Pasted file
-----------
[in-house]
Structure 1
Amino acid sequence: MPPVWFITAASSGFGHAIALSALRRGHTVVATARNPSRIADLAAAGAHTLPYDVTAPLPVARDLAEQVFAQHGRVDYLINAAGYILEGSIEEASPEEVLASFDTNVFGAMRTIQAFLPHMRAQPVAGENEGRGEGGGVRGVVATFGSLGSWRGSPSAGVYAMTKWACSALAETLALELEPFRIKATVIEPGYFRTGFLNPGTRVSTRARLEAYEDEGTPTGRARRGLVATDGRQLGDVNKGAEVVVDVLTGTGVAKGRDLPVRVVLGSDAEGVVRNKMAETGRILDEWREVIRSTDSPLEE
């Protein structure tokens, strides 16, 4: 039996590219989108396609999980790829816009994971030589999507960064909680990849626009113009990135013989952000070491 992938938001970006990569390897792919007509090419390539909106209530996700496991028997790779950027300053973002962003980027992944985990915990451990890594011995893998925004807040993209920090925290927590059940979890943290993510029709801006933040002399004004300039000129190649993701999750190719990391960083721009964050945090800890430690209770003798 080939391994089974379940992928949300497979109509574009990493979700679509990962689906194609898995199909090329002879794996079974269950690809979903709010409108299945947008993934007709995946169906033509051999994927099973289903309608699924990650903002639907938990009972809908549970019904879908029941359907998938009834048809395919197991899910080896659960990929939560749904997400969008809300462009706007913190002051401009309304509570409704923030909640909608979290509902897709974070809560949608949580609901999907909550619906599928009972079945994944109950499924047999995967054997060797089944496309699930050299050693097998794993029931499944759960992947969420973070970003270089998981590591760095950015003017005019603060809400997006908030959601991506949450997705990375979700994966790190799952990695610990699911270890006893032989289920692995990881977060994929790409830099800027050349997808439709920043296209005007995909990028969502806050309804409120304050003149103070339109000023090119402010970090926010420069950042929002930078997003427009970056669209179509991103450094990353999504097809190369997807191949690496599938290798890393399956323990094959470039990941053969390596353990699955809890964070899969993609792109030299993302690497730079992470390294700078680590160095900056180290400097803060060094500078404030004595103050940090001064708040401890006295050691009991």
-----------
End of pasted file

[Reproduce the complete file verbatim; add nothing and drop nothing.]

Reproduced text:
[in-house]
Structure 1
Amino acid sequence: MPPVWFITAASSGFGHAIALSALRRGHTVVATARNPSRIADLAAAGAHTLPYDVTAPLPVARDLAEQVFAQHGRVDYLINAAGYILEGSIEEASPEEVLASFDTNVFGAMRTIQAFLPHMRAQPVAGENEGRGEGGGVRGVVATFGSLGSWRGSPSAGVYAMTKWACSALAETLALELEPFRIKATVIEPGYFRTGFLNPGTRVSTRARLEAYEDEGTPTGRARRGLVATDGRQLGDVNKGAEVVVDVLTGTGVAKGRDLPVRVVLGSDAEGVVRNKMAETGRILDEWREVIRSTDSPLEE
């Protein structure tokens, strides 16, 4: 039996590219989108396609999980790829816009994971030589999507960064909680990849626009113009990135013989952000070491 992938938001970006990569390897792919007509090419390539909106209530996700496991028997790779950027300053973002962003980027992944985990915990451990890594011995893998925004807040993209920090925290927590059940979890943290993510029709801006933040002399004004300039000129190649993701999750190719990391960083721009964050945090800890430690209770003798 080939391994089974379940992928949300497979109509574009990493979700679509990962689906194609898995199909090329002879794996079974269950690809979903709010409108299945947008993934007709995946169906033509051999994927099973289903309608699924990650903002639907938990009972809908549970019904879908029941359907998938009834048809395919197991899910080896659960990929939560749904997400969008809300462009706007913190002051401009309304509570409704923030909640909608979290509902897709974070809560949608949580609901999907909550619906599928009972079945994944109950499924047999995967054997060797089944496309699930050299050693097998794993029931499944759960992947969420973070970003270089998981590591760095950015003017005019603060809400997006908030959601991506949450997705990375979700994966790190799952990695610990699911270890006893032989289920692995990881977060994929790409830099800027050349997808439709920043296209005007995909990028969502806050309804409120304050003149103070339109000023090119402010970090926010420069950042929002930078997003427009970056669209179509991103450094990353999504097809190369997807191949690496599938290798890393399956323990094959470039990941053969390596353990699955809890964070899969993609792109030299993302690497730079992470390294700078680590160095900056180290400097803060060094500078404030004595103050940090001064708040401890006295050691009991």